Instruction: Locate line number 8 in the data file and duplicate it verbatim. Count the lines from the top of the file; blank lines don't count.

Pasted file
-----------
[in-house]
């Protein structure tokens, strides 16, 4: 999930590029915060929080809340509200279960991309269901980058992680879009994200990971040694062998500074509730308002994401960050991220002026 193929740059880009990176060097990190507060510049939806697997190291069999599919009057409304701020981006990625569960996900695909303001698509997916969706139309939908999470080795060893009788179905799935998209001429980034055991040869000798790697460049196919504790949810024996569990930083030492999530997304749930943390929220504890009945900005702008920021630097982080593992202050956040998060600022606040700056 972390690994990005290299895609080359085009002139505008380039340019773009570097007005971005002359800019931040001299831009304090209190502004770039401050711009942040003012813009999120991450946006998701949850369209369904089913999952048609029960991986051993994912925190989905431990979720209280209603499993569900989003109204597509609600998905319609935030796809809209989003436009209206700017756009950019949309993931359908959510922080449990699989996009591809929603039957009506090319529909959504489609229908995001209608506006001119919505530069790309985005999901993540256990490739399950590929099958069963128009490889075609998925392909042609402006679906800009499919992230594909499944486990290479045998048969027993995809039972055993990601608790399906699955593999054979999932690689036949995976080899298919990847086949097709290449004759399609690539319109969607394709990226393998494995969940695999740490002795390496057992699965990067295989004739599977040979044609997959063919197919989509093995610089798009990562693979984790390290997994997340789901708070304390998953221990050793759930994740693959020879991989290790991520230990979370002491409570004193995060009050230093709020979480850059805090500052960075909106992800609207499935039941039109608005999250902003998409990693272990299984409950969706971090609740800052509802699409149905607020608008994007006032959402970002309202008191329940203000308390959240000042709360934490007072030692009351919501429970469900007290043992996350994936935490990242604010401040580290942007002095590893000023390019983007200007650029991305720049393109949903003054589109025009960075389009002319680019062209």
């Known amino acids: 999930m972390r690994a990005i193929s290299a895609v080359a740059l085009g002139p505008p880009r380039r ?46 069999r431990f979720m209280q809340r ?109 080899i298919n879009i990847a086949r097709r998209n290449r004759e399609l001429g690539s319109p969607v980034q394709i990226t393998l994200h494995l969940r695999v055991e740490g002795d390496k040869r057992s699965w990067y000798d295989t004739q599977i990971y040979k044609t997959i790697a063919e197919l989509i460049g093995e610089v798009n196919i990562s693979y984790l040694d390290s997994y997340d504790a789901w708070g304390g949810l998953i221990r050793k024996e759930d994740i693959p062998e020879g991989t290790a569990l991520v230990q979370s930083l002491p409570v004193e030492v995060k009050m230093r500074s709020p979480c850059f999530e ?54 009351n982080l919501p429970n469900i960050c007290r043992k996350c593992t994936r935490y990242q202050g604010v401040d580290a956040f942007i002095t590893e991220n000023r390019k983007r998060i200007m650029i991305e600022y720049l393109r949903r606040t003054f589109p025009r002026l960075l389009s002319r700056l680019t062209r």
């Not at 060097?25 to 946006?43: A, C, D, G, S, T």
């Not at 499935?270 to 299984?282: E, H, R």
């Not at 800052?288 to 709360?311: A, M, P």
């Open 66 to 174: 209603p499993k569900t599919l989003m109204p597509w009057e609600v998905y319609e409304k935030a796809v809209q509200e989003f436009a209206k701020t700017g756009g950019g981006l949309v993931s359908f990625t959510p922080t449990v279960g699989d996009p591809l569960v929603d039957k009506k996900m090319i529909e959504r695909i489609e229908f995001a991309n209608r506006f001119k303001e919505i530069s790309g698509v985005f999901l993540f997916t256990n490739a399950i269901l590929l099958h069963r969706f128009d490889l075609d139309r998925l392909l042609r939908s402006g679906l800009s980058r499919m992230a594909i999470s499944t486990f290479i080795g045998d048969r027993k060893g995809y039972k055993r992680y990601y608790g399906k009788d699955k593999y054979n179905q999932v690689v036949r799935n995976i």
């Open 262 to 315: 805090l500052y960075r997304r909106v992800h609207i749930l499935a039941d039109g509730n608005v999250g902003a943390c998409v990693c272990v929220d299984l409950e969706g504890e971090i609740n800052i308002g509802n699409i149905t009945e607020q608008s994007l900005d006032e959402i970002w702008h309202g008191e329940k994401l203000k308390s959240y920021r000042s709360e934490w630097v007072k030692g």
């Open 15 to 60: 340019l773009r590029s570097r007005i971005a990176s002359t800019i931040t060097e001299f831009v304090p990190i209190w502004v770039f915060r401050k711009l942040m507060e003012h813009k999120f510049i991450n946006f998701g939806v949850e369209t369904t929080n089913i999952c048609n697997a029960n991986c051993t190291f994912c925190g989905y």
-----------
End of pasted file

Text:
């Open 262 to 315: 805090l500052y960075r997304r909106v992800h609207i749930l499935a039941d039109g509730n608005v999250g902003a943390c998409v990693c272990v929220d299984l409950e969706g504890e971090i609740n800052i308002g509802n699409i149905t009945e607020q608008s994007l900005d006032e959402i970002w702008h309202g008191e329940k994401l203000k308390s959240y920021r000042s709360e934490w630097v007072k030692g």